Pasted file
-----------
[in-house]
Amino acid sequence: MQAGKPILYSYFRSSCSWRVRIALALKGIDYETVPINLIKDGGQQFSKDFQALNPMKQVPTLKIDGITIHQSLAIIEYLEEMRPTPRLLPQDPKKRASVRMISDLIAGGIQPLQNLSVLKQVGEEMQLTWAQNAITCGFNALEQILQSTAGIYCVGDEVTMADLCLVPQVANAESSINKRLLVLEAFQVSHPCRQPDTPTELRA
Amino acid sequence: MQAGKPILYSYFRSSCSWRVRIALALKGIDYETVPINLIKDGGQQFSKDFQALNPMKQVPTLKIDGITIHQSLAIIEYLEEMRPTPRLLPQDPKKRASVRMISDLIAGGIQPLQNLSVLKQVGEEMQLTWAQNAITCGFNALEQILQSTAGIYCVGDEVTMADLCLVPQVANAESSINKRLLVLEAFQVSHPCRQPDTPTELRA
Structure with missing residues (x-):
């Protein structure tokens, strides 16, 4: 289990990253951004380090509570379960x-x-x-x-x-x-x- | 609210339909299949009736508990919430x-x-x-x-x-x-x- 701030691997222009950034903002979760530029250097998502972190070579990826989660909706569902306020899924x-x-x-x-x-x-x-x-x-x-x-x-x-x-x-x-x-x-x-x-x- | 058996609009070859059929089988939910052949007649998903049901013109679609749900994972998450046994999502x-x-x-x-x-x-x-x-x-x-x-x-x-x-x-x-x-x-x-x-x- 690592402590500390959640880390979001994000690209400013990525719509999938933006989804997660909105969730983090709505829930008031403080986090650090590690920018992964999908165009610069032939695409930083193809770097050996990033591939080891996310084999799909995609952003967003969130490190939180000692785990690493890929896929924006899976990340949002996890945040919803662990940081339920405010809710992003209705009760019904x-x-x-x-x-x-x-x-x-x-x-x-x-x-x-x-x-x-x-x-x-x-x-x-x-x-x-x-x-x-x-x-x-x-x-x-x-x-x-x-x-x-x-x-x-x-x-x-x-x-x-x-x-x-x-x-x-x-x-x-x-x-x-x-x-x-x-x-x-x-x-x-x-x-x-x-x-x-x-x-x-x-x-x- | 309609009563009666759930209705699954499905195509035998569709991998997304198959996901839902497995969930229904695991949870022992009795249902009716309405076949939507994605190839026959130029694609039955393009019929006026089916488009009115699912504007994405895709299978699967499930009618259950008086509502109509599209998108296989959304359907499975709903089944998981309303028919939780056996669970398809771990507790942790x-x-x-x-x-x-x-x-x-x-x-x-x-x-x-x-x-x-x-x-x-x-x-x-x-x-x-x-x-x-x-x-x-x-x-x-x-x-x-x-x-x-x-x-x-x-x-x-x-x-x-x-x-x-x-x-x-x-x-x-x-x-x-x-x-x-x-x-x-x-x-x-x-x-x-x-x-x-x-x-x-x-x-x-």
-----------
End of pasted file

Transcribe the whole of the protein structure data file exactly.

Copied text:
[in-house]
Amino acid sequence: MQAGKPILYSYFRSSCSWRVRIALALKGIDYETVPINLIKDGGQQFSKDFQALNPMKQVPTLKIDGITIHQSLAIIEYLEEMRPTPRLLPQDPKKRASVRMISDLIAGGIQPLQNLSVLKQVGEEMQLTWAQNAITCGFNALEQILQSTAGIYCVGDEVTMADLCLVPQVANAESSINKRLLVLEAFQVSHPCRQPDTPTELRA
Amino acid sequence: MQAGKPILYSYFRSSCSWRVRIALALKGIDYETVPINLIKDGGQQFSKDFQALNPMKQVPTLKIDGITIHQSLAIIEYLEEMRPTPRLLPQDPKKRASVRMISDLIAGGIQPLQNLSVLKQVGEEMQLTWAQNAITCGFNALEQILQSTAGIYCVGDEVTMADLCLVPQVANAESSINKRLLVLEAFQVSHPCRQPDTPTELRA
Structure with missing residues (x-):
């Protein structure tokens, strides 16, 4: 289990990253951004380090509570379960x-x-x-x-x-x-x- | 609210339909299949009736508990919430x-x-x-x-x-x-x- 701030691997222009950034903002979760530029250097998502972190070579990826989660909706569902306020899924x-x-x-x-x-x-x-x-x-x-x-x-x-x-x-x-x-x-x-x-x- | 058996609009070859059929089988939910052949007649998903049901013109679609749900994972998450046994999502x-x-x-x-x-x-x-x-x-x-x-x-x-x-x-x-x-x-x-x-x- 690592402590500390959640880390979001994000690209400013990525719509999938933006989804997660909105969730983090709505829930008031403080986090650090590690920018992964999908165009610069032939695409930083193809770097050996990033591939080891996310084999799909995609952003967003969130490190939180000692785990690493890929896929924006899976990340949002996890945040919803662990940081339920405010809710992003209705009760019904x-x-x-x-x-x-x-x-x-x-x-x-x-x-x-x-x-x-x-x-x-x-x-x-x-x-x-x-x-x-x-x-x-x-x-x-x-x-x-x-x-x-x-x-x-x-x-x-x-x-x-x-x-x-x-x-x-x-x-x-x-x-x-x-x-x-x-x-x-x-x-x-x-x-x-x-x-x-x-x-x-x-x-x- | 309609009563009666759930209705699954499905195509035998569709991998997304198959996901839902497995969930229904695991949870022992009795249902009716309405076949939507994605190839026959130029694609039955393009019929006026089916488009009115699912504007994405895709299978699967499930009618259950008086509502109509599209998108296989959304359907499975709903089944998981309303028919939780056996669970398809771990507790942790x-x-x-x-x-x-x-x-x-x-x-x-x-x-x-x-x-x-x-x-x-x-x-x-x-x-x-x-x-x-x-x-x-x-x-x-x-x-x-x-x-x-x-x-x-x-x-x-x-x-x-x-x-x-x-x-x-x-x-x-x-x-x-x-x-x-x-x-x-x-x-x-x-x-x-x-x-x-x-x-x-x-x-x-």